Thunder Bay

COVID-19 could break Ontario's mental health system, psychologists have a solution

The fear, isolation and stress of life during a pandemic is taking a toll on Canadians and two professors at Lakehead University in Thunder Bay, Ont., say they have a plan to meet the growing need for mental health services.

Psychologists should be integrated directly into the public health insurance system, they say

The need is so great and the funding model so broken that some registered mental health professionals have been offering their services for free to front-line workers during the COVID-19 pandemic, said psychologist Deborah Scharf. (Africa Studio/Shutterstock)

The fear, isolation and stress of life during a pandemic is taking a toll on Canadians and two professors at Lakehead University in Thunder Bay, Ont., say they have a plan to meet the growing need for mental health services.

Deborah Scharf and Kirsten Oinonen want psychologists and other registered mental health providers integrated directly into the public health insurance system. 

Both psychologists themselves, they made the case in an article recently published in Canadian Journal of Public Health.

"There's a tsunami of mental health needs right now and the sustainability of mental health services in Ontario and Canada is at risk," Scharf told CBC News in an interview.

Doctors can bill OHIP, psychologists can't

In March, Ontario changed its billing codes to allow family doctors to bill OHIP for crisis counselling to patients over the phone, an insufficient measure, according to Scharf.

Primary care providers don't have the time or the training to provide psychotherapy, said psychologist Debora Scharf, of Lakehead University. (Peter Puna/Lakehead University)

"Primary care doctors just don't have the time, nor do they have the training to do psychotherapy," she said. 

"Furthermore, as many people in northwestern Ontario do not have a primary health care provider, they do not even have the option of consulting with their physician or nurse practitioner about their mental health service options," said Oinonen.

The Canadian Mental Health Association, in recent survey research on the impact of COVID-19, found a pronounced rise in mental health concerns and suicidal thoughts, especially among subgroups that include parents, people with existing mental illness, Indigenous people and those with a disability.

The need for care has become so dire during the pandemic that some registered mental health providers, have been giving away their services for free, Scharf said.

The Ontario Psychological Association created a Disaster Response Network of registered psychologists, offering up to six sessions of psychotherapy free of charge to front-line workers affected by COVID-19.

"Ontario has trained, expert mental health providers who cannot deliver services to the general public because – even though the government has money to pay for them – they haven't created a pathway to pay for them," Scharf said.

Online services available for Ontarians

The province unveiled its latest plan for mental health and addiction services called,  "Roadmap to Wellness," on March 3. Every person in Ontario will be able to call, text or go online for help, the news release promised.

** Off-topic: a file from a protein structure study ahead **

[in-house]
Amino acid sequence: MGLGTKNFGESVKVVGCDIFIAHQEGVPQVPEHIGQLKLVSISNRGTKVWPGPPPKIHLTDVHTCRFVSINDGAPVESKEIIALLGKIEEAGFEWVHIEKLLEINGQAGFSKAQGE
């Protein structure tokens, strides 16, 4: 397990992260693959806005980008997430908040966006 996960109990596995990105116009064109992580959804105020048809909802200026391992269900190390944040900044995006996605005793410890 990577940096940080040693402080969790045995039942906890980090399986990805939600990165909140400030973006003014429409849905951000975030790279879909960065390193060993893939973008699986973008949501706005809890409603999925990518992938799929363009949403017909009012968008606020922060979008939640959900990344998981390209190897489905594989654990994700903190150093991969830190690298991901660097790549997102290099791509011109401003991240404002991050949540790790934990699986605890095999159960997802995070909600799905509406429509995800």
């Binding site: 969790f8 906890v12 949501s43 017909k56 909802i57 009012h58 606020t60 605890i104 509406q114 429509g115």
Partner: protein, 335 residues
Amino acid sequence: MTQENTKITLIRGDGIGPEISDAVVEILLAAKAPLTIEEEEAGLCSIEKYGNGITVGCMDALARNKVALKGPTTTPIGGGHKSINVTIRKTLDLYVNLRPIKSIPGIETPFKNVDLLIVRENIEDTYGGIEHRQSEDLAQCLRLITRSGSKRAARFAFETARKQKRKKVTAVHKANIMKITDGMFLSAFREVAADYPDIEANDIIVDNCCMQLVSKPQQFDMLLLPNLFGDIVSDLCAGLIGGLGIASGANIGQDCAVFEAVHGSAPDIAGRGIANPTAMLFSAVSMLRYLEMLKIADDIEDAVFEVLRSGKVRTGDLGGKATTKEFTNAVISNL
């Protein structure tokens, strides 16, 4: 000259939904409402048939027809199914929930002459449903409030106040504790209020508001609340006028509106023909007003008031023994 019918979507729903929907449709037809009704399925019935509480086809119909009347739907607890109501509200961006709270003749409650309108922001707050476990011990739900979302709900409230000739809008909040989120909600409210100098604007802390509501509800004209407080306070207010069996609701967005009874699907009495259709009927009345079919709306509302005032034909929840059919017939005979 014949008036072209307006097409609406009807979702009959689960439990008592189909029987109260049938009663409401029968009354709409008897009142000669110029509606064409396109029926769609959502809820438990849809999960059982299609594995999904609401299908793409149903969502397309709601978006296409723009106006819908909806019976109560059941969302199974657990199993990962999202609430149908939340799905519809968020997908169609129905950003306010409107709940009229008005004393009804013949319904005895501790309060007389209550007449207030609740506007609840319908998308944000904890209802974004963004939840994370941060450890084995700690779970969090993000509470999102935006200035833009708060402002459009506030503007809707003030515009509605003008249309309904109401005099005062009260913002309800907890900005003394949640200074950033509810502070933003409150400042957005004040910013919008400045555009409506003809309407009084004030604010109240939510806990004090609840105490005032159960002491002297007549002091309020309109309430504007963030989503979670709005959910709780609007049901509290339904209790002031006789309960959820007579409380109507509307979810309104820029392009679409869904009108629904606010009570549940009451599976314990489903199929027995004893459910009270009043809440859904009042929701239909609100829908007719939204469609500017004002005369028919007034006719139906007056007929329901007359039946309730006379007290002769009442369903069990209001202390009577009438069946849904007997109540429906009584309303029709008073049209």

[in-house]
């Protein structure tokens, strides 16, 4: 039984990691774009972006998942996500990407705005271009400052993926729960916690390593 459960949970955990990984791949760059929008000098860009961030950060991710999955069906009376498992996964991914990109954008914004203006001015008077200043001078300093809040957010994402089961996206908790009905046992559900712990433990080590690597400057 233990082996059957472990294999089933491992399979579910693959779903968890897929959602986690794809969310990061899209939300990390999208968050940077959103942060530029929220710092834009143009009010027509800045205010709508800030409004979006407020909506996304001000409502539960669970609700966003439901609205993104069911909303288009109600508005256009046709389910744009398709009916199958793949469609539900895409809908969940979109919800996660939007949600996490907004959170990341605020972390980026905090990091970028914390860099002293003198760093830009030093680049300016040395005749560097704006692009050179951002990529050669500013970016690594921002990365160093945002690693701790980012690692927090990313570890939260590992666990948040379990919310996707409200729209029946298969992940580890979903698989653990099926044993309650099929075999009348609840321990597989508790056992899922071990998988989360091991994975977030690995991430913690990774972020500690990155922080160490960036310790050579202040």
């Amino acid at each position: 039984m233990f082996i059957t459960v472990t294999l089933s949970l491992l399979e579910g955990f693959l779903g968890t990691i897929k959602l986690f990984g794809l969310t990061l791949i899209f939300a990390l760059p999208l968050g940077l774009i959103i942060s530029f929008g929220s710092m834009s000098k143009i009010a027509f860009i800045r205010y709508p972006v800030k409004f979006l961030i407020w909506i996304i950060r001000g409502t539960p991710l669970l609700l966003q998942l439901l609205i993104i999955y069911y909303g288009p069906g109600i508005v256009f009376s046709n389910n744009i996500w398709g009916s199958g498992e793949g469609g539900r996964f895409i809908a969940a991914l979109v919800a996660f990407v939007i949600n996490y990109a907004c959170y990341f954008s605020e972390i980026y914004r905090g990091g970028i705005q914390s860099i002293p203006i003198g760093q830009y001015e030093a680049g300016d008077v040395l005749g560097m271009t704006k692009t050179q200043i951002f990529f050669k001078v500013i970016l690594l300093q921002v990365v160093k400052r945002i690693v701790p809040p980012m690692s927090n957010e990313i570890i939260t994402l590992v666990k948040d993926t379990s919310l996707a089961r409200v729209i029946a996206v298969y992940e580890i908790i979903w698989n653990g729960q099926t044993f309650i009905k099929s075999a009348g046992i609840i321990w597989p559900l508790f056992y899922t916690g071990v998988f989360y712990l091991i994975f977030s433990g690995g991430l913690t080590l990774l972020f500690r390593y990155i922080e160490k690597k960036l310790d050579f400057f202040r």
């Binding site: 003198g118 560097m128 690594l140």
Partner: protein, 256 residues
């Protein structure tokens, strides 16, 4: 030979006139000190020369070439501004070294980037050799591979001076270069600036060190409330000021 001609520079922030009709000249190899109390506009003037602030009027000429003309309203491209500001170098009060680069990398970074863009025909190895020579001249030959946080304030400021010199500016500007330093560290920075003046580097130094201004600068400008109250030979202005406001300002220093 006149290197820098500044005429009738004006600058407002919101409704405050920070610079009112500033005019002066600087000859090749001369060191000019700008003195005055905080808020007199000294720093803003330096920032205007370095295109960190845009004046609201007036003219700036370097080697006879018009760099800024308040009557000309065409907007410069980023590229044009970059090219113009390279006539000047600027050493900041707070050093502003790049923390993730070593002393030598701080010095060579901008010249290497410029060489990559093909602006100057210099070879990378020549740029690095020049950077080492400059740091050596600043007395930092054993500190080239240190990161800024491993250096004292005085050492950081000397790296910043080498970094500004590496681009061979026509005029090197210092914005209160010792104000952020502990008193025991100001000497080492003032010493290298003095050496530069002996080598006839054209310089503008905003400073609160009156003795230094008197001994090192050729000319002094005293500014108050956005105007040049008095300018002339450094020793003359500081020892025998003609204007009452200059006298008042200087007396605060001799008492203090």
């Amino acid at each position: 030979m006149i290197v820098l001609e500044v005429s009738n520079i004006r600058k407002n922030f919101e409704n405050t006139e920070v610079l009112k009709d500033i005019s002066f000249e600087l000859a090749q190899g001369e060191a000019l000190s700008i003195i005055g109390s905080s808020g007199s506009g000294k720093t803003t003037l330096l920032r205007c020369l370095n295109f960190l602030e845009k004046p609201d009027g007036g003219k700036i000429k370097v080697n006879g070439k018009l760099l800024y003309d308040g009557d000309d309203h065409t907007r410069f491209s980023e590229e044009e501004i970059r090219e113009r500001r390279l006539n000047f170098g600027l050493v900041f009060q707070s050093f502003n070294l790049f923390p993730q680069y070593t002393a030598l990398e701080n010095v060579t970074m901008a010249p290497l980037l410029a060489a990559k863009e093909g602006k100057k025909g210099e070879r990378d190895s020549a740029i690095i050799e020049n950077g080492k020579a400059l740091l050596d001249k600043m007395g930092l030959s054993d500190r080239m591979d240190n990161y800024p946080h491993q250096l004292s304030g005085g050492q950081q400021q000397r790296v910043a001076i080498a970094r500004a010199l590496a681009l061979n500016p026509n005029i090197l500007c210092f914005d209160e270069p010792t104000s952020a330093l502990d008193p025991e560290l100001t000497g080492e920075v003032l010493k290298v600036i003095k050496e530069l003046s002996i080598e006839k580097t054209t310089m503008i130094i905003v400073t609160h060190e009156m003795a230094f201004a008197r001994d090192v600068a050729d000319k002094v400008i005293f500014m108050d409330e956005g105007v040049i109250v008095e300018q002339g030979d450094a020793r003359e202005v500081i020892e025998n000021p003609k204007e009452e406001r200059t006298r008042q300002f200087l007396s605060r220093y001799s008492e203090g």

Bringing psychotherapy into the publicly-funded health care system would free up time for primary care providers to focus on physical health, says psychologist Kirsten Oinonen. (Submitted by Kirsten Oinonen)

Then on April 2, it announced a "one-time emergency mental health and addictions investment of $12 million to support a multi-faceted response to address the diverse mental health needs of Ontarians during the pandemic."

A spokesperson for the ministry of health told CBC News in an email that the province is also investing in a psychotherapy program in several regions of Ontario that provides cognitive behavioural therapy, free of charge, for people who are experiencing depression or post-traumatic stress disorder. The Ontario Structured Psychotherapy Program is expected to expand throughout the province over the next two years.

Scharf said many people need much more than the "light touch" of online resources, or even the three sessions that many private insurance companies cover.

'It's not magic'

"If you've experienced trauma or have major depression, if you have anything more than a bad day, that's not going to resolve the issue," Scharf said, adding that 12 weeks of counselling is generally best.

"Psychotherapy takes work. It's not magic," she said.

Doctors can also refer patients to psychiatrists, and their services can be billed through OHIP. The wait list for those services is about six months, according to Health Quality Ontario. 

That wait time will only grow with the increasing needs brought on by the pandemic, Scharf said.

Oinonen spelled out four major benefits she sees of publicly-funded psychological care:

  1. Freeing up physicians time to focus on primary health care

  2. Providing equal access to mental health care, since low income individuals are often at greater risk of mental health disorders due to increased stress and less access to supports

  3. Decreasing the use of medications to treat mental health issues, given the efficacy of psychotherapy and the potential adverse effects of medications on physical health

  4. Providing earlier treatment, which can reduce severity in the long term and give clients the knowledge and skills to prevent future mental health difficulties.

with files from Kathleen Harris

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